Different locations may have different leasing agreements, down to each city in the U.S. or even each specific dealership. One auto dealership might not be able to offer more competitive rates for a vehicle lease, so visiting different locations to compare rates is part of a customer's due diligence.
Try getting a lease quote from at least three different dealerships before you choose your contract. Think of shopping for lease quotes as being similar to how you shop around for the lowest car prices or car insurance rates. If you have the option to save at one location over another, it's worth it to shop and compare your lease options before committing.
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Steps for Leasing a Vehicle
Step 1. Choose a Vehicle to Lease
First, you'll want to choose your vehicle. Keep your budget in mind, and remember to plan for some extra expenses like car insurance, possible repairs, hidden fees, etc.
Be sure to test drive any vehicle you're considering leasing first. This can help you ensure the vehicle doesn't have any issues that weren't made explicitly clear already.
Finally, you'll want to compare all your options before agreeing to a particular lease. Choose a vehicle that works best for you within a lease's terms. If a comparable model by another manufacturer offers a cheaper lease option, you may decide to go with that vehicle for the lease.
Keep in mind that certain vehicles may also be cheaper to insure than others, which can help keep you under budget.
Step 2. Negotiate Your Lease Terms
After you've selected your vehicle and thoroughly prepared your budget, you're ready to start negotiating a lease. The cost of the vehicle, as well as the interest rate on the lease and the mileage terms, are all factors that can be negotiated before you sign. The disposition fee is often open to negotiation, too.
Properly negotiating your lease's terms can help you save money not only upfront but down the road as well. For example, negotiating for a greater mileage allowance on the lease can help you avoid additional fees if you end up driving the vehicle more than you anticipated.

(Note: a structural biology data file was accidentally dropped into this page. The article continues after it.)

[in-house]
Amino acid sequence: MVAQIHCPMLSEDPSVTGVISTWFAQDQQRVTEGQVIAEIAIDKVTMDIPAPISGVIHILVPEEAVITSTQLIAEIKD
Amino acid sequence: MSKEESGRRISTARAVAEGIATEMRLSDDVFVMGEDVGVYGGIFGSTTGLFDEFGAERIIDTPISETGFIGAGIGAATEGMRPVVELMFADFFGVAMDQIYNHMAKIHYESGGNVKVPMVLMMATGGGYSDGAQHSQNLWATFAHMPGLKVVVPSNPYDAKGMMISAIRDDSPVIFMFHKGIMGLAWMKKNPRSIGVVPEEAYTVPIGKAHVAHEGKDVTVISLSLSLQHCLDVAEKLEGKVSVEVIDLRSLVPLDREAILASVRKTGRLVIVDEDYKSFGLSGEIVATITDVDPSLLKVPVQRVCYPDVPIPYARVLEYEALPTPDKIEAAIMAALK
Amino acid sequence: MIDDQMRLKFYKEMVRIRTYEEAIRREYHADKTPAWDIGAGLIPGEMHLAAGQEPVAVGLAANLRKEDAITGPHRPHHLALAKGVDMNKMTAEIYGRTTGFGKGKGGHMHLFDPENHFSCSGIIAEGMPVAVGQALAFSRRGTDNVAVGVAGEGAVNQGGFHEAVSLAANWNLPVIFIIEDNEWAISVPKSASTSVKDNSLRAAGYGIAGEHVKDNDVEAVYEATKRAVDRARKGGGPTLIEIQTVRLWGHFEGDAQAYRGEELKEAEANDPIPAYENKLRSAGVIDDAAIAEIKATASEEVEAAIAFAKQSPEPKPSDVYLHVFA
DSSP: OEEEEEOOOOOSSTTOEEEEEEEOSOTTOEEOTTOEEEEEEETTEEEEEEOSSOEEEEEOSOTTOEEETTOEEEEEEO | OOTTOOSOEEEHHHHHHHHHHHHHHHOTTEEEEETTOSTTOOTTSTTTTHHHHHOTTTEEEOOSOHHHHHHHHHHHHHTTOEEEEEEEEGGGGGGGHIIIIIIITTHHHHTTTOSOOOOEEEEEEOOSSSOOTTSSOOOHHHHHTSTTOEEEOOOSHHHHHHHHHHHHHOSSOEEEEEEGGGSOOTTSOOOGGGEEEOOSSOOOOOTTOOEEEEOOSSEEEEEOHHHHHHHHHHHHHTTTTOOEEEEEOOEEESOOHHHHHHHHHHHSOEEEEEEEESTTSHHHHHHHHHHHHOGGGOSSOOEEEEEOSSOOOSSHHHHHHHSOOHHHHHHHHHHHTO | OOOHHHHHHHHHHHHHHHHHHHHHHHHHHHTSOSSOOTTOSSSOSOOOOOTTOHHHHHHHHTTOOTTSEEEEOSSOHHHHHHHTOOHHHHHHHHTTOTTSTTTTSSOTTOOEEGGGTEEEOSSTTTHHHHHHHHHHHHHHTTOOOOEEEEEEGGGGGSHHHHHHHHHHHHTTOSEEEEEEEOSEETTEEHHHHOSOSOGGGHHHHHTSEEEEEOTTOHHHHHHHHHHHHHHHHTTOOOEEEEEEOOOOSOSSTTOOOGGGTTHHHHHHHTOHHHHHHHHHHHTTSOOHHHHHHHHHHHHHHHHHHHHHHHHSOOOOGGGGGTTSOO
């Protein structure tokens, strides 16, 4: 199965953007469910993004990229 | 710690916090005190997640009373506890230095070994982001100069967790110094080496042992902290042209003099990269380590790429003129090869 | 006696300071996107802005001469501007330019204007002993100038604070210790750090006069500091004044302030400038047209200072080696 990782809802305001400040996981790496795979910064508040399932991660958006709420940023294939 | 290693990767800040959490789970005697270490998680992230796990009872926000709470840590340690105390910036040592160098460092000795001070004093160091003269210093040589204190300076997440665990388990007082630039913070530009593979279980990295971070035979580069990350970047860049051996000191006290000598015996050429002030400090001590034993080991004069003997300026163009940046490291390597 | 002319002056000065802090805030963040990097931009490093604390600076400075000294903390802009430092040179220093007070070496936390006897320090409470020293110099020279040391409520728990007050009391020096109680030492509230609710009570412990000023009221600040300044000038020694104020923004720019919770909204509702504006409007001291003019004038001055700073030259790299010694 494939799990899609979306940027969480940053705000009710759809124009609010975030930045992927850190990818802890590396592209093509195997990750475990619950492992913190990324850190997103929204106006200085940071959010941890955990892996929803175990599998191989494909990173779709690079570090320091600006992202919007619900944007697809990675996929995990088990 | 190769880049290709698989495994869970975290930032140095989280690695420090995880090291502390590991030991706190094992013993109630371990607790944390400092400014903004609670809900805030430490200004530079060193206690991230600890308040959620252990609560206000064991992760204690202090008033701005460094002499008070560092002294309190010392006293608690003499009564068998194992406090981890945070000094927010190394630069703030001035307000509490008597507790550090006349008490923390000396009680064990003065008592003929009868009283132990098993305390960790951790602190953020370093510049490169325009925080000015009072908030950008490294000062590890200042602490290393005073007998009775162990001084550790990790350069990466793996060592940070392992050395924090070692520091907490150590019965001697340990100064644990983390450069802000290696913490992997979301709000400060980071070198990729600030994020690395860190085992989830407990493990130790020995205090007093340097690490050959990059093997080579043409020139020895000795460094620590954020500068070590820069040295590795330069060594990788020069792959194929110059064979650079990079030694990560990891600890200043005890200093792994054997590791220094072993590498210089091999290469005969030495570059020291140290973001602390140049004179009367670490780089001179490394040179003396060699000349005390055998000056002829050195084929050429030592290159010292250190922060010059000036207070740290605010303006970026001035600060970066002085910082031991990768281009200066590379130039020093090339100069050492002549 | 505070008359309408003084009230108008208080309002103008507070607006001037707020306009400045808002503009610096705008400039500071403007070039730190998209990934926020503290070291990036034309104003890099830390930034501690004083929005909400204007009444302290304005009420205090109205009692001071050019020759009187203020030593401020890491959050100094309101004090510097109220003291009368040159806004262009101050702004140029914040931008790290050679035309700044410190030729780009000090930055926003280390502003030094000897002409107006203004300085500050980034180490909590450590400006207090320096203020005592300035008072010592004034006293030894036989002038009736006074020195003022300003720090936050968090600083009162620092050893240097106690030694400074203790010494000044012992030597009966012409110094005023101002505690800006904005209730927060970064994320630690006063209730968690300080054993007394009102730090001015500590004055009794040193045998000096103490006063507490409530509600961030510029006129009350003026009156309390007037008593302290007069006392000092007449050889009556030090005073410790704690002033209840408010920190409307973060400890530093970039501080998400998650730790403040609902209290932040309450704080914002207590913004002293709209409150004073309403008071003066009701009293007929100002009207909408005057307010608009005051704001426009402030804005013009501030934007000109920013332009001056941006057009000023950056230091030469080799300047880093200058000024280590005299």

Getting the lease's interest rate lowered can help you save a great deal of money in the long run, too. Take your time and review every aspect of the lease to see what can be negotiated before you sign off on it. You'll be thankful you did.
Step 3. Maintain Your Leased Vehicle
Maintaining a leased vehicle is critical. Remember that you can be held responsible for any additional required repairs to the vehicle at the end of the lease term. Be sure to keep up with routine maintenance, like oil changes.
The good news is that the lease often covers routine maintenance costs. But also do your part in taking good care of the vehicle in other ways, including keeping it parked in a safe location, always locking the doors, and keeping the vehicle clean.
Step 4. Understand the End of Your Lease Agreement
Once your lease term is close to ending, the dealership might reach out to you to conduct an inspection on the vehicle. Clean the vehicle, remove your belongings before the inspection, and get any necessary repairs done ahead of time to avoid possible fees.
After the lease is up, you'll have three options for what to do with the vehicle. You can either just turn the car over to the dealership and pay any final fees, trade the vehicle in toward another lease, or choose to purchase the car.
If you choose to buy, you can either get a lease buyout loan or pay cash for the vehicle. No matter which choice you make, you'll have to complete some paperwork. Unless you buy the vehicle, you'll also have to physically return the vehicle to the dealership before the lease is officially terminated.
Frequently Asked Questions about How to Lease a Car
You might have been wondering if you should buy a car or lease. There are pros and cons to either choice.
With leasing, some pros include that you can turn in the vehicle for another at the end of the term, you typically pay lower monthly costs for the vehicle than if you'd purchased one on a loan, and you won't have to worry about selling the vehicle yourself.
When you buy a car, you'll be the owner of it after you've paid it off, so you can choose when to sell or upgrade your vehicle or make alterations like changing the paint.
When you lease a car, you take a vehicle under contract terms from a dealership and leasing agency. You'll have restrictions for the amount of miles you can drive the car during the lease terms, and typically only have the vehicle between two and four years.
At the end of the lease term, you can choose to purchase the vehicle, but you don't otherwise own it, so you can't make customizations or alterations.
Yes, leasing a used vehicle is not as common, but it is possible. Leasing a used vehicle can come with much lower payments than purchasing a vehicle or leasing a new vehicle.
However, since the vehicle is used, the lease contract may not include coverage for repairs. Take that into consideration when determining your budget and whether to lease a used vehicle.